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7 Daily Habits That Slow Your Metabolism

Despite your valiant efforts to slim down, nothing seems to be working. You sweat it out at the gym and you eat right—that's all there is to it, right? Unfortunately, no. Our body's metabolism—or its ability to burn calories—also plays a major role in weight loss. The quicker your metabolism is, the easier it will be for you to lose weight. If yours seems to be on the slower side, it could explain why the scale isn't tipping in your favor despite all of your hard work and dedication.

The good news is that there are plenty of ways to boost your metabolism. But first, you must identify the daily habits that are likely to blame for slowing it down. Once you've done that, the rest is a cinch! Scroll through to see which metabolism-sabotaging mistakes you're making and the best ways to reverse the damage.

You Sweat Small Stuff

So what if that boy from OkCupid didn't message you back. It's so not worth stressing out about. Neither is that traffic jam that's making you late for work. Not only can stress cause headaches, stomach distress, high blood pressure, chest pain and sleep disturbances, it also causes the body to metabolize food more slowly, according to research published in the journal Biological Psychiatry. To add insult to injury, the types of food we crave when we're stressed out tend to be fat and sugar-laden treats like doughnuts and chocolate. Researchers say that the combination of high-cal cravings and a stress-induced snail-paced metabolic rate can result in significant weight gain.

The Fix: To keep your metabolism running strong, fight stress with laughter. Research shows that smiling and laughing causes levels of stress hormones to diminish. Exercise can also be an effective outlet. Hit the gym or set aside 12 minutes to do some tension-squashing Snaxercise. Want to do something more low-key? Try yoga. Not convinced? Check out our report on the 7 Surprising Reasons You Should Be Doing Yoga Now.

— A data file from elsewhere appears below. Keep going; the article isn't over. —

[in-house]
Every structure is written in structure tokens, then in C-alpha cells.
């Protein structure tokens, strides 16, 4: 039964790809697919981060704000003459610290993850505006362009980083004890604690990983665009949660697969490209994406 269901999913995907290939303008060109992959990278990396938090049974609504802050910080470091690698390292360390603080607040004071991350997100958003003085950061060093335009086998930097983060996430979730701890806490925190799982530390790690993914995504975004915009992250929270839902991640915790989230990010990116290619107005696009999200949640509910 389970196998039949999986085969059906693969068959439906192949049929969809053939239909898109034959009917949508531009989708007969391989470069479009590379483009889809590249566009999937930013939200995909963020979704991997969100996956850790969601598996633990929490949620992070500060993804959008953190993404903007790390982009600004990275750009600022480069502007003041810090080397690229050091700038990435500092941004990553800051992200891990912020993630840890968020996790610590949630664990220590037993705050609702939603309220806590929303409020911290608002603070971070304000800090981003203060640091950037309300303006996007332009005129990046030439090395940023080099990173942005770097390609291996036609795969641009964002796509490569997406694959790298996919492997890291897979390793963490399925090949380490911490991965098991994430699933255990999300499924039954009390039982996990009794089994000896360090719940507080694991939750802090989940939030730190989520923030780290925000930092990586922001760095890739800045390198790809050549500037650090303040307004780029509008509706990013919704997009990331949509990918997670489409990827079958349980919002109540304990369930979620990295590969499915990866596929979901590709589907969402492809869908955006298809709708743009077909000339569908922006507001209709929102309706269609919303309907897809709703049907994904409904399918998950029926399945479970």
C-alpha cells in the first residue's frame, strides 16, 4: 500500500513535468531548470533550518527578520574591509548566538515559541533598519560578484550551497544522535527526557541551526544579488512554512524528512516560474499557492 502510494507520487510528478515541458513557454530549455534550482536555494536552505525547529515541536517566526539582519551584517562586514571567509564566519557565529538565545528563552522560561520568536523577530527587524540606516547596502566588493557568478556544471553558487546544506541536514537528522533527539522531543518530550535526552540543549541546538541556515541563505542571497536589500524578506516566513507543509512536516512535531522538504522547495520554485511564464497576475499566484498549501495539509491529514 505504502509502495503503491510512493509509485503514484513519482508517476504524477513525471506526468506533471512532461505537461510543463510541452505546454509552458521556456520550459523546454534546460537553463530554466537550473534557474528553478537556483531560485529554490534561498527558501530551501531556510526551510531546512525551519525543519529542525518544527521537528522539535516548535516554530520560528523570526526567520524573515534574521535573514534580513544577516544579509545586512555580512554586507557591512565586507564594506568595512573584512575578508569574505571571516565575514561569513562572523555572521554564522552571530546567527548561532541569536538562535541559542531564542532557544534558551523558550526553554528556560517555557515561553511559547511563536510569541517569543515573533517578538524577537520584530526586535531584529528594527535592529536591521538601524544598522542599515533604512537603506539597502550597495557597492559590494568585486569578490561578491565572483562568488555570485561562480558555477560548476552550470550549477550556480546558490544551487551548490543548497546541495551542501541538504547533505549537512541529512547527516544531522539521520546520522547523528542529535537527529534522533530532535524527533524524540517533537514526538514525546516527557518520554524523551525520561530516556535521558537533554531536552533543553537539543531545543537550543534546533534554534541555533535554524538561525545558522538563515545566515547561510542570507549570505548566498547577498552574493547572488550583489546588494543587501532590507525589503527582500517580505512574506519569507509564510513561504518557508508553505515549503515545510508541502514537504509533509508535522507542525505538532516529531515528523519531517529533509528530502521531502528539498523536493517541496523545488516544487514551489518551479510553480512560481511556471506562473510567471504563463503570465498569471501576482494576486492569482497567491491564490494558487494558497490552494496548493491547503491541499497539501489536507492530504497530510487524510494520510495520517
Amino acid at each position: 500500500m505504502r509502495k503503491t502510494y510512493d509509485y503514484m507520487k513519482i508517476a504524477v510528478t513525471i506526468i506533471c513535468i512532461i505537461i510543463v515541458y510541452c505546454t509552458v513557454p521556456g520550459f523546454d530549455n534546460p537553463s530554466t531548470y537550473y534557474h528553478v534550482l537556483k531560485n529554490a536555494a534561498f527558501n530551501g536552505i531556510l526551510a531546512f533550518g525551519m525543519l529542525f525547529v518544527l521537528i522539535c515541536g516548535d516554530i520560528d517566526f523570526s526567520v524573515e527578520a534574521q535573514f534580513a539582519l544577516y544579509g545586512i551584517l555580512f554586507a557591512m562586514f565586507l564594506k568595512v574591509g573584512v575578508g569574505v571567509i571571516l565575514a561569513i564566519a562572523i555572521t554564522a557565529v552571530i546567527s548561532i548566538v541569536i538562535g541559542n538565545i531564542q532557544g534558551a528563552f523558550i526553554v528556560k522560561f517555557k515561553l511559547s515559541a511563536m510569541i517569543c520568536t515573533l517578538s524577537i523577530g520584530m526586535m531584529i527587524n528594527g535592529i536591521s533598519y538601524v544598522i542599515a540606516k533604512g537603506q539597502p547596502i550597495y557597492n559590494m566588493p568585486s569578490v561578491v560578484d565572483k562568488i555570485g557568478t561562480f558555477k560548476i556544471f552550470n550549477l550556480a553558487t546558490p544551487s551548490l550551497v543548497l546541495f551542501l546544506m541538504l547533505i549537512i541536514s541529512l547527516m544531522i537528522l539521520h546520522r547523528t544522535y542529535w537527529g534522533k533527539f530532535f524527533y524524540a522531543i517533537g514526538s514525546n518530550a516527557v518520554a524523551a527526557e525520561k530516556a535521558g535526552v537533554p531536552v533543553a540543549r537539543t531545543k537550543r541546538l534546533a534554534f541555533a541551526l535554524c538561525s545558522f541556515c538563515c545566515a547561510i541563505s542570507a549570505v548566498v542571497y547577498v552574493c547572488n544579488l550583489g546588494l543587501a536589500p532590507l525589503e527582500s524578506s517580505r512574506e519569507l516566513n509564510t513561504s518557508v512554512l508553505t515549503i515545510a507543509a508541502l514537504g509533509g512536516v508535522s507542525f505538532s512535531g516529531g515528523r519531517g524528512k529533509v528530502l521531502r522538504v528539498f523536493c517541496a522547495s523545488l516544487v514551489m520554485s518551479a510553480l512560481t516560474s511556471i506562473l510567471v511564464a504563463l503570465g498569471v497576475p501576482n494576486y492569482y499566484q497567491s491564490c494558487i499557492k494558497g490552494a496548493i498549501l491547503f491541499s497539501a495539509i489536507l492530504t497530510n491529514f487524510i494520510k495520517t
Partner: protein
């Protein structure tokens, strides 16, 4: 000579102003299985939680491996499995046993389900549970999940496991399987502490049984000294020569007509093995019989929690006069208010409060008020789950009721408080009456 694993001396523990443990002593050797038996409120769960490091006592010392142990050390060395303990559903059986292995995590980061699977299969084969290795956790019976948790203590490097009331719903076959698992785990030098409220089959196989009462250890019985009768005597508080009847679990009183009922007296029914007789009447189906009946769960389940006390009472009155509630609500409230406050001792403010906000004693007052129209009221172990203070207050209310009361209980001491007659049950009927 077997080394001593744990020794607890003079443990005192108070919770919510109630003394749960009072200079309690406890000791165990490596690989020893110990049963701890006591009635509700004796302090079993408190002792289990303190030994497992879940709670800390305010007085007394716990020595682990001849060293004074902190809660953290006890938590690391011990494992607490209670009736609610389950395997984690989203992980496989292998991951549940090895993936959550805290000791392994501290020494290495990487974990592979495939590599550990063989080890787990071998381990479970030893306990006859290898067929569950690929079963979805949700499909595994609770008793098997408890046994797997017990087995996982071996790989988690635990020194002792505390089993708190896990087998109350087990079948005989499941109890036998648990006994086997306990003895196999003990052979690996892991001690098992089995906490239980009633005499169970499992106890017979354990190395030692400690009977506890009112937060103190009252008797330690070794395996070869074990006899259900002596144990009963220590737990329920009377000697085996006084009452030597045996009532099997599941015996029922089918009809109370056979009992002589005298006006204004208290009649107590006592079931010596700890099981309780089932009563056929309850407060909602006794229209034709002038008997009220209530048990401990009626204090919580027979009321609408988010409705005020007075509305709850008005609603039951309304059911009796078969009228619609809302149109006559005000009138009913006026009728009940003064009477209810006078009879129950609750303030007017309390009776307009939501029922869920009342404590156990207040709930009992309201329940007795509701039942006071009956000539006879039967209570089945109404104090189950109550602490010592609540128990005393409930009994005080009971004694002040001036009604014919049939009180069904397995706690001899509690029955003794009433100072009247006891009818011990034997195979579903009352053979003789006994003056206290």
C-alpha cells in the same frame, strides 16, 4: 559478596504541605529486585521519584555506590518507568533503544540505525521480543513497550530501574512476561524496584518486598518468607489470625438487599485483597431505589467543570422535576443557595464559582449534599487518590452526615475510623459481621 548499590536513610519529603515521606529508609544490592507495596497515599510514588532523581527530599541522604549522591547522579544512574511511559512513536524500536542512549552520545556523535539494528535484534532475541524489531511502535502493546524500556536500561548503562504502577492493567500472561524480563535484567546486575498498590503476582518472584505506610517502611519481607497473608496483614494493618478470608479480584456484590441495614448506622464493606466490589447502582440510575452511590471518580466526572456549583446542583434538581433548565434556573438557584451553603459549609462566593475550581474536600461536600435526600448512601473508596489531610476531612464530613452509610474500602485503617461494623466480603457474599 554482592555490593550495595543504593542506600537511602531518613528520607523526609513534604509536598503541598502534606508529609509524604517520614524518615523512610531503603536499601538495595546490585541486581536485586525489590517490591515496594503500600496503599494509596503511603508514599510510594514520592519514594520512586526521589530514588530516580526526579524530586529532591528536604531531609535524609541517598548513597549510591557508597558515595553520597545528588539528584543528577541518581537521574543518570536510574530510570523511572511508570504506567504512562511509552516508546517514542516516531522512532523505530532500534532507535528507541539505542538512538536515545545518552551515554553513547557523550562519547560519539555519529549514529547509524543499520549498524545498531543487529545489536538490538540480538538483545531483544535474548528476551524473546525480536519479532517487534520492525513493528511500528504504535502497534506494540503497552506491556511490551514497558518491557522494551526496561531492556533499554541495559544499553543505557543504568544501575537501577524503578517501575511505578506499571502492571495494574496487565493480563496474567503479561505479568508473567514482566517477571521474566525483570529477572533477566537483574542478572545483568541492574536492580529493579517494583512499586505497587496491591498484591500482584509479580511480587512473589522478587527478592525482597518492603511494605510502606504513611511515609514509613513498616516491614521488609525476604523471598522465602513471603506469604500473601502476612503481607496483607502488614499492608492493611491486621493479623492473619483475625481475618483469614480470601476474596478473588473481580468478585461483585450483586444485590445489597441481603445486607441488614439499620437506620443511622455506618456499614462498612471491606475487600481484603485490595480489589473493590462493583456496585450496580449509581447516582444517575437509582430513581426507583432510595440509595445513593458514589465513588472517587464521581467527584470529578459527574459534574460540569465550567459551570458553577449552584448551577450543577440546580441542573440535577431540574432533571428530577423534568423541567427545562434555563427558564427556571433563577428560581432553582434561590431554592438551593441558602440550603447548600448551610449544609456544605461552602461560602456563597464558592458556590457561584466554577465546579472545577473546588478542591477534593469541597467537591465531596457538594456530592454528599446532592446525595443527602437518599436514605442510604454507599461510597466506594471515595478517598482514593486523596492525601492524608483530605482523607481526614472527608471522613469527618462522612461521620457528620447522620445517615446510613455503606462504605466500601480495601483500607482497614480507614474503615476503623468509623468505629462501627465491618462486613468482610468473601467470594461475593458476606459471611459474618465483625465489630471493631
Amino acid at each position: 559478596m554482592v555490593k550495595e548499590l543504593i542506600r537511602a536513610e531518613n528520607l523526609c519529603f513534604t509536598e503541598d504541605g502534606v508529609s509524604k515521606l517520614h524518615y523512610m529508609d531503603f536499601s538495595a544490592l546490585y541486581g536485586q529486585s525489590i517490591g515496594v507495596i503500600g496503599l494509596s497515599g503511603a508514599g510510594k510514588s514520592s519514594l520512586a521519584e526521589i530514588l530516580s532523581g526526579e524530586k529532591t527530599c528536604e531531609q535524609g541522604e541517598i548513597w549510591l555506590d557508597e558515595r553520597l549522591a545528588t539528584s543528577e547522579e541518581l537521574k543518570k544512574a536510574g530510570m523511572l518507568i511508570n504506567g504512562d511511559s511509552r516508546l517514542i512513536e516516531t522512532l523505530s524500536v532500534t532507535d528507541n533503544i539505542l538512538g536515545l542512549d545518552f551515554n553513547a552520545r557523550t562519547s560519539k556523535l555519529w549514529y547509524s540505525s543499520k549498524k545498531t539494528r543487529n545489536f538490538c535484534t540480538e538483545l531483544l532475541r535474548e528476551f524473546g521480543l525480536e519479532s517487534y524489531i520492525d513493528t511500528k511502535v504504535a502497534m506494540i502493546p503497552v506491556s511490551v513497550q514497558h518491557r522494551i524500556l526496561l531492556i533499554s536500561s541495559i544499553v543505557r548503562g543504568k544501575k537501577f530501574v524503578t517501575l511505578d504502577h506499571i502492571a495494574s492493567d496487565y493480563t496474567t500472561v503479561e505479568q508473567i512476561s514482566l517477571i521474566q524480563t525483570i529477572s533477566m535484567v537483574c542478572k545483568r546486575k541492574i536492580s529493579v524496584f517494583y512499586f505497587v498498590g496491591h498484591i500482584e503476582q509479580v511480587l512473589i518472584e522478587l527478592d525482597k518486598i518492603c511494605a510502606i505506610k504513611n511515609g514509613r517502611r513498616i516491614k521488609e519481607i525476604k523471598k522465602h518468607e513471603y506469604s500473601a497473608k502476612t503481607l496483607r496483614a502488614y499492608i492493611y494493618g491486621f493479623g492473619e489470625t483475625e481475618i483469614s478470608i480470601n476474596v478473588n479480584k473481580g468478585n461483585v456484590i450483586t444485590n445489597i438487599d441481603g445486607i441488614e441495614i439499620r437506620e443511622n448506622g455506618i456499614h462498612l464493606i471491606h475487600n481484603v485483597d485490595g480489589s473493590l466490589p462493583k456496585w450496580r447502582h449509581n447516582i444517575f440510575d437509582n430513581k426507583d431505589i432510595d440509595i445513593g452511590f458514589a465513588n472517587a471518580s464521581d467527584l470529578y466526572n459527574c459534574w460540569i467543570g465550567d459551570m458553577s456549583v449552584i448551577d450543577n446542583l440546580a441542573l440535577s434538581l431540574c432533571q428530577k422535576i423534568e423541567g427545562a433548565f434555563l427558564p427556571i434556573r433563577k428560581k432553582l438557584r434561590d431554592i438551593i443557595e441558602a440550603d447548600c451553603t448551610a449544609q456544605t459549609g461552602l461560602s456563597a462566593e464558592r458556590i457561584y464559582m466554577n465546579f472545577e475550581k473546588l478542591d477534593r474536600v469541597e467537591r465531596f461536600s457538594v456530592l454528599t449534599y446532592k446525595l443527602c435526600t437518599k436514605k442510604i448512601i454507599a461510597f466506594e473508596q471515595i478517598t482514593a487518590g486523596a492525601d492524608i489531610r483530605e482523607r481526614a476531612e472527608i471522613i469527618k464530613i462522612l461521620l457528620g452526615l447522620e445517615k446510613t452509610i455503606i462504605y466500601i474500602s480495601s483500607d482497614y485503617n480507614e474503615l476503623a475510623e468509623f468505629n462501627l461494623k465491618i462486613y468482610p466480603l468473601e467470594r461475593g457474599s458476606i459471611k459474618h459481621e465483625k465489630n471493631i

You Opt for Coffee Over Green Tea

We get it. You're totally obsessed with your double shot skim latte. It helps wake you up in the morning and gives you the boost you need when the work day gets to be too much. But if you always opt for coffee over tea, you could be missing out of some major metabolism-boosting effects. In a recent 12-week study, participants who combined a daily habit of 4-5 cups of green tea with a 25-minute workout lost an average of two more pounds and more belly fat than the non tea-drinking exercisers. What's its magic? The brew contains catechins, a type of antioxidant that triggers the release of fat from fat cells and helps speed the liver's capacity for turning fat into energy

The Fix: Start sipping the green brew for a slimmer, more efficient calorie-burning you. We like the Lipton and Yogi varieties. Even if you're not a fan of the green, you can still see slim-down benefits. Sip on any of these 4 Teas That Melt Fat Fast.

You Sit All Day

You may already know that the more lean muscle mass you have, the more calories your body will burn at rest. But when you sit all day at your desk, the bulging biceps and washboard abs you worked so hard to build at the gym begin to break down. This slows your resting metabolism and can make it harder to reach your weight loss goals.

The Fix: Quit your desk job—only kidding! We don't expect you to give your two weeks notice to rev up your metabolism—and, luckily, you don't have to. Simply getting up from your chair and taking a two-minute walk once every hour can do the trick, says Albert R. Matheny IV, RD, CSCS, Co-Founder of SoHo Strength Lab. Set your phone alarm to go off once every hour so you don't forget to take a break.

You Skimp on Protein

We already told you that the more muscle you have, the more calories you burn–no matter what you're doing. Yes, hitting the gym helps you build muscle to begin with, but eating protein keeps it from breaking down and slowing your metabolic rate as a result.